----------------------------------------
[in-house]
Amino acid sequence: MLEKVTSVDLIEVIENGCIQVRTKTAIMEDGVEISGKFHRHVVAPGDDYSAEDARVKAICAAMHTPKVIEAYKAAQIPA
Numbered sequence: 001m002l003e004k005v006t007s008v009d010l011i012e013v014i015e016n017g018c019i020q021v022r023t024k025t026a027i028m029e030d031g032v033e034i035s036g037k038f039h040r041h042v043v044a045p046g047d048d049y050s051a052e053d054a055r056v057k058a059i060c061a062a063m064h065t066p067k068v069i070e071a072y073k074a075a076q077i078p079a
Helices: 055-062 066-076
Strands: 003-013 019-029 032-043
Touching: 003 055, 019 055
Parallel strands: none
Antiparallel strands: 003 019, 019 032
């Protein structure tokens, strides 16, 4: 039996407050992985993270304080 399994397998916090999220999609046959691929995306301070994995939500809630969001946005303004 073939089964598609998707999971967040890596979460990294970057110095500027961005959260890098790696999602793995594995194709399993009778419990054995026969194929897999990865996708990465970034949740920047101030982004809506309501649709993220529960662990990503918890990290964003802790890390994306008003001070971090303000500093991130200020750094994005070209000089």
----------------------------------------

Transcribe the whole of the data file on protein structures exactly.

[in-house]
Amino acid sequence: MLEKVTSVDLIEVIENGCIQVRTKTAIMEDGVEISGKFHRHVVAPGDDYSAEDARVKAICAAMHTPKVIEAYKAAQIPA
Numbered sequence: 001m002l003e004k005v006t007s008v009d010l011i012e013v014i015e016n017g018c019i020q021v022r023t024k025t026a027i028m029e030d031g032v033e034i035s036g037k038f039h040r041h042v043v044a045p046g047d048d049y050s051a052e053d054a055r056v057k058a059i060c061a062a063m064h065t066p067k068v069i070e071a072y073k074a075a076q077i078p079a
Helices: 055-062 066-076
Strands: 003-013 019-029 032-043
Touching: 003 055, 019 055
Parallel strands: none
Antiparallel strands: 003 019, 019 032
């Protein structure tokens, strides 16, 4: 039996407050992985993270304080 399994397998916090999220999609046959691929995306301070994995939500809630969001946005303004 073939089964598609998707999971967040890596979460990294970057110095500027961005959260890098790696999602793995594995194709399993009778419990054995026969194929897999990865996708990465970034949740920047101030982004809506309501649709993220529960662990990503918890990290964003802790890390994306008003001070971090303000500093991130200020750094994005070209000089």